October 06, 2008
riveting imageism tinged by double standards
When I saw a picture of this button in today's Detroit Free Press, I was, well, riveted!
But I immediately realized I was falling behind the times. I'm late to the "Rosie" game, because I see that Sarah Palin's face on the iconic image has already drawn feminist criticism:
Today a colleague of mine showed me an article in the Washington Times from a rally in Lancaster, PA, where people held signs of the iconic Rosie the Riveter with Palin's face photoshopped in. In the background is a sign with PTA, spelling out Palin Takes America - even though Obama's policies are stronger on education than McCain's. In my hunt for the article online , I discovered a lot of people are using the Rosie the Riveter sign to show their support of McCain/Palin. There are t-shirts, posters, buttons, etc. I am astonished at how people who likely know & care zip about women's history or women's rights and could care less when Clinton or Pelosi are treated sexistly by the media or who don't think calling Palin "hot" and "sexy" is sexist, are repositioning a traditionally feminist icon like Rosie for themselves!! And I would be thrilled that they were embracing women's history if they were also embracing policies that benefited women which many famous women's history figures fought for!A feminist historian I am not. However, the original image is not Rosie the Riveter per se, but is based on an image produced more for wartime propaganda purposes than to promote modern feminism. (Feminists may like it, but that doesn't mean they "own" it.)
Not to pick nits, but "sexistly" a word? (Yes.) If so, how about "racistly"? (Yes.) Christianistly? (No.) Fascistly? (Yes.) Communistly? (Yes.) Capitalistly. (Almost.) Feudalistly? (No.) Economistly? (Well, almost!)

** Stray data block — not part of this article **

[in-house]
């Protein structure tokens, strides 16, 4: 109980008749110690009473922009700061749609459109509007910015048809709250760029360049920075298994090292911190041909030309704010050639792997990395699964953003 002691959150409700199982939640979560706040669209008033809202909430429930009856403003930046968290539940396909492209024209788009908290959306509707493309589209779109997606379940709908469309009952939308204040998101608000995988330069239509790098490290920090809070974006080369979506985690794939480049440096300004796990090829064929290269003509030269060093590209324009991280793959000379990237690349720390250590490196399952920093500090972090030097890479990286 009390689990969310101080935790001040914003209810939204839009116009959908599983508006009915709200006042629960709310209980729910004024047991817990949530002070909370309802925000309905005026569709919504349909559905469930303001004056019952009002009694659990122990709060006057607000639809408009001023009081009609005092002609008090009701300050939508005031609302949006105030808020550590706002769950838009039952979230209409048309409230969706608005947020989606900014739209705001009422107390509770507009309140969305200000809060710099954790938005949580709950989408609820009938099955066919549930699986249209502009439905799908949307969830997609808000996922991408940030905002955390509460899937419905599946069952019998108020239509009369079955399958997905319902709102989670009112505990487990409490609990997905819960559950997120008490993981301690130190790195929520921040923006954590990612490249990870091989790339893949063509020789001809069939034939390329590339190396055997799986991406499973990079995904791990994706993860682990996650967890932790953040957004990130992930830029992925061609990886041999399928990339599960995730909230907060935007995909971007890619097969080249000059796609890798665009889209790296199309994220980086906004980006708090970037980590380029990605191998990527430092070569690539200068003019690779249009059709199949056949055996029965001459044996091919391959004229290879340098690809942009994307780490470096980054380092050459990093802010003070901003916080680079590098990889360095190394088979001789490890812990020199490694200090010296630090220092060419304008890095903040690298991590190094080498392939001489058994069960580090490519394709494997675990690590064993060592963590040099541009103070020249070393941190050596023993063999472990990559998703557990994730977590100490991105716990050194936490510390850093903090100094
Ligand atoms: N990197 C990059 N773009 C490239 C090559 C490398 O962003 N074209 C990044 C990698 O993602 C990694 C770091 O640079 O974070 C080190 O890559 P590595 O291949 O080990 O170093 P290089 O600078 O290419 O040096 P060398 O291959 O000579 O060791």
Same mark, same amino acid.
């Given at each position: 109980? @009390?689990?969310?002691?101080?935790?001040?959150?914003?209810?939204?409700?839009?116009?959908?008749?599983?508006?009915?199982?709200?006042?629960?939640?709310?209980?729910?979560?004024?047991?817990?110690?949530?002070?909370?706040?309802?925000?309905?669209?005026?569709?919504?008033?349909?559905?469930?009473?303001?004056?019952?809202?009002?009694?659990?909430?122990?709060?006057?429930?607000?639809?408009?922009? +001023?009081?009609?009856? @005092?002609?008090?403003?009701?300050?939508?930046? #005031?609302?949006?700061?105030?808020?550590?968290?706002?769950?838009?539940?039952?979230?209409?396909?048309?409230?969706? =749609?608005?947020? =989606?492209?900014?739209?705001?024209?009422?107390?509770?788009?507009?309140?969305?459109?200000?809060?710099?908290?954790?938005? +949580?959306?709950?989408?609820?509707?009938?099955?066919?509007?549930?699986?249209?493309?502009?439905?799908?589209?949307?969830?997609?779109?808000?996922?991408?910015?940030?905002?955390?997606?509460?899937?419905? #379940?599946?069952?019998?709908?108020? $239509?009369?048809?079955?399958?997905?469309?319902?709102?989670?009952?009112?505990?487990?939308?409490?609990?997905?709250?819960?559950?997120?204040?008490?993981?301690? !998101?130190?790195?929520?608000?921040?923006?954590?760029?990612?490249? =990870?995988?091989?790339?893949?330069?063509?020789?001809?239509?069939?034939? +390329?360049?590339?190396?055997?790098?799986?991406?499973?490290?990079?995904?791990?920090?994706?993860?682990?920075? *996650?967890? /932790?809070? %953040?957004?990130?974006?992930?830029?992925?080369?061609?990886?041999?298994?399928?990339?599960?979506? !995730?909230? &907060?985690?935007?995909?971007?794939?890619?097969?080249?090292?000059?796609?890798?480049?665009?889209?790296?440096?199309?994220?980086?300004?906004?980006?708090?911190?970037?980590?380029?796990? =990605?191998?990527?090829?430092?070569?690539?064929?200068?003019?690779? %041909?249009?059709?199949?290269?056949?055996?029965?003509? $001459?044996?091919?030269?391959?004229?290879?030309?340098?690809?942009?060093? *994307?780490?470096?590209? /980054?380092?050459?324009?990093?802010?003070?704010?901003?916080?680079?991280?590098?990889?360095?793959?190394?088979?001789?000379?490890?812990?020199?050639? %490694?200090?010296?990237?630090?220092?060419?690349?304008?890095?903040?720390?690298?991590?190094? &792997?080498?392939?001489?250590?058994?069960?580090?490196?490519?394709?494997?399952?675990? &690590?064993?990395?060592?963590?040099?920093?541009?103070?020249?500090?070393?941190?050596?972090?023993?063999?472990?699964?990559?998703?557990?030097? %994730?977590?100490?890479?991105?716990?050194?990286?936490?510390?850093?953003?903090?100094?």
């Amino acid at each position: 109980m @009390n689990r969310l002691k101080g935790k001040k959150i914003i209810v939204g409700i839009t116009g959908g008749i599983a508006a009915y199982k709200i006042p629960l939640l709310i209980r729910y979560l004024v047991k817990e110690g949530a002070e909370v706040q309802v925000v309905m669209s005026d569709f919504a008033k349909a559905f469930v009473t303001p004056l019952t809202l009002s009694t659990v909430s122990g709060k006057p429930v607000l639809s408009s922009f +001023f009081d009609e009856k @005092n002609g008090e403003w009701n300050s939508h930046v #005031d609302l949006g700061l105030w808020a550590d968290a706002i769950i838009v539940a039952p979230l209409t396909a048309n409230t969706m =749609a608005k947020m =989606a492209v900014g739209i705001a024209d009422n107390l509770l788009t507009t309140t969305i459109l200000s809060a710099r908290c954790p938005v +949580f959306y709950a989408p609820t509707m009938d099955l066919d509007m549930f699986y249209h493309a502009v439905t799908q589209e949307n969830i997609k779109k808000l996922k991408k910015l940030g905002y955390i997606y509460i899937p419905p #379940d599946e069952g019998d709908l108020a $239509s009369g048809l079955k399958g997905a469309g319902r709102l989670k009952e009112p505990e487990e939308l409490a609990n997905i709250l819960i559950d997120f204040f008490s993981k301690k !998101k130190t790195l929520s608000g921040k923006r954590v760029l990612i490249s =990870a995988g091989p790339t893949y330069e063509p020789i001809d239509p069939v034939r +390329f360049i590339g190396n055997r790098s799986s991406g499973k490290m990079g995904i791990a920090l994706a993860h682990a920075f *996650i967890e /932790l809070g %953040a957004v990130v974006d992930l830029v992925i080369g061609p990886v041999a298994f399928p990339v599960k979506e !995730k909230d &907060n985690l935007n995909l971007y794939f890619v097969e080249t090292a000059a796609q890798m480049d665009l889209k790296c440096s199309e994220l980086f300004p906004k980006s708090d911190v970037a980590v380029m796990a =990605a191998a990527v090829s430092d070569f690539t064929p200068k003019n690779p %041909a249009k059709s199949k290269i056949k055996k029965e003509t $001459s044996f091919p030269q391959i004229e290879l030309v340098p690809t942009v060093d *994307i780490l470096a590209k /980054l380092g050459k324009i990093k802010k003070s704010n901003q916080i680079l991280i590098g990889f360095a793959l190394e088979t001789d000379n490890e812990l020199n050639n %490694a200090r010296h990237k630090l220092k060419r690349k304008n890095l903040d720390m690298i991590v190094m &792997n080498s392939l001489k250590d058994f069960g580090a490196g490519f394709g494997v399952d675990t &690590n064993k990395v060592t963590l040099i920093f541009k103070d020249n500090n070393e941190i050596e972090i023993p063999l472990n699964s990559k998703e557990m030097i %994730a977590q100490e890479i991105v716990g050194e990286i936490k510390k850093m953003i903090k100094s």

Enough with the istlyisms, OK. (Typistly speaking, my fingers are tired of linking them.)
Concludes the author,
I think it's INSULTING for his supporters to be using Rosie like that.Well, as insultingisms go, it's not the most insultinglyist thing I've seen.
The "Rosie" image traveled from coast to coast, being picked up by the New York Times, and the LA Times, it even generated a copyright debate, with one irate activist writing to the president of the Rosie the Riveter Trust (I had no idea there was such a thing), and demanding that something be done:
Today, September 10, 2008, a photo on the front page of the Los Angeles Times, revealed that the McCain campaign is using placards with a picture of Rosie the Riveter with the face of Gov Sarah Palin superimposed on the picture and using the same slogan "We Can Do It" as in the original picture.The president of the Rosie the Riveter Trust wrote back, gently breaking the news that the image is in the public domain:
This graphic has been in the public domain for many years. Thousands of people have used it (or misused it) for every conceivable purpose. Rosie the Riveter Trust has no control whatsoever over its use.There's a lot of misinformation floating around about the image, which many people think is the original Rosie the Riveter, which technically it is not.